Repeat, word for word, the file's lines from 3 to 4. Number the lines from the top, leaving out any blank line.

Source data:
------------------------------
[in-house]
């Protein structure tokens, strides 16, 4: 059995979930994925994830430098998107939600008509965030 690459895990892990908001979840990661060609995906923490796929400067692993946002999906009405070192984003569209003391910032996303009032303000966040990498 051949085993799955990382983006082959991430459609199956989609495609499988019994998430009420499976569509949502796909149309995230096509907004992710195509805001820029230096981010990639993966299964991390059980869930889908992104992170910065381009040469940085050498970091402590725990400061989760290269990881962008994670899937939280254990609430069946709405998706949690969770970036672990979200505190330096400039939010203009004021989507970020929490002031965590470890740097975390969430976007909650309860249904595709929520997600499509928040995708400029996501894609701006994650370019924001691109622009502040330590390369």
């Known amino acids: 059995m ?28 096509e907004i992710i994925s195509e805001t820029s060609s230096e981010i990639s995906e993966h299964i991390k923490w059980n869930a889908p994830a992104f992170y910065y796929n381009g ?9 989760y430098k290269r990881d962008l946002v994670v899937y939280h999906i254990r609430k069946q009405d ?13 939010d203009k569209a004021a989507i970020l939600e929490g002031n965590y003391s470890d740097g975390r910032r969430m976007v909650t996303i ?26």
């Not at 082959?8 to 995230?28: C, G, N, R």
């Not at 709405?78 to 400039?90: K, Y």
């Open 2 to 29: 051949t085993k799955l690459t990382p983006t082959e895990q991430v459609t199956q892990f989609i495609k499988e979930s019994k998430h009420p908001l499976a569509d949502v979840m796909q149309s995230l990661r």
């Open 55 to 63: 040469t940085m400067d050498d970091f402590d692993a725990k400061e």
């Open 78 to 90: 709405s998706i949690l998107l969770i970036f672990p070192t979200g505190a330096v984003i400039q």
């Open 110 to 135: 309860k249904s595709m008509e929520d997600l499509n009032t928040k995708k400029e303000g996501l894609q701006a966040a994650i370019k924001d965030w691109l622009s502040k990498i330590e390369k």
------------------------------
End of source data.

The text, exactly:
């Known amino acids: 059995m ?28 096509e907004i992710i994925s195509e805001t820029s060609s230096e981010i990639s995906e993966h299964i991390k923490w059980n869930a889908p994830a992104f992170y910065y796929n381009g ?9 989760y430098k290269r990881d962008l946002v994670v899937y939280h999906i254990r609430k069946q009405d ?13 939010d203009k569209a004021a989507i970020l939600e929490g002031n965590y003391s470890d740097g975390r910032r969430m976007v909650t996303i ?26």
């Not at 082959?8 to 995230?28: C, G, N, R």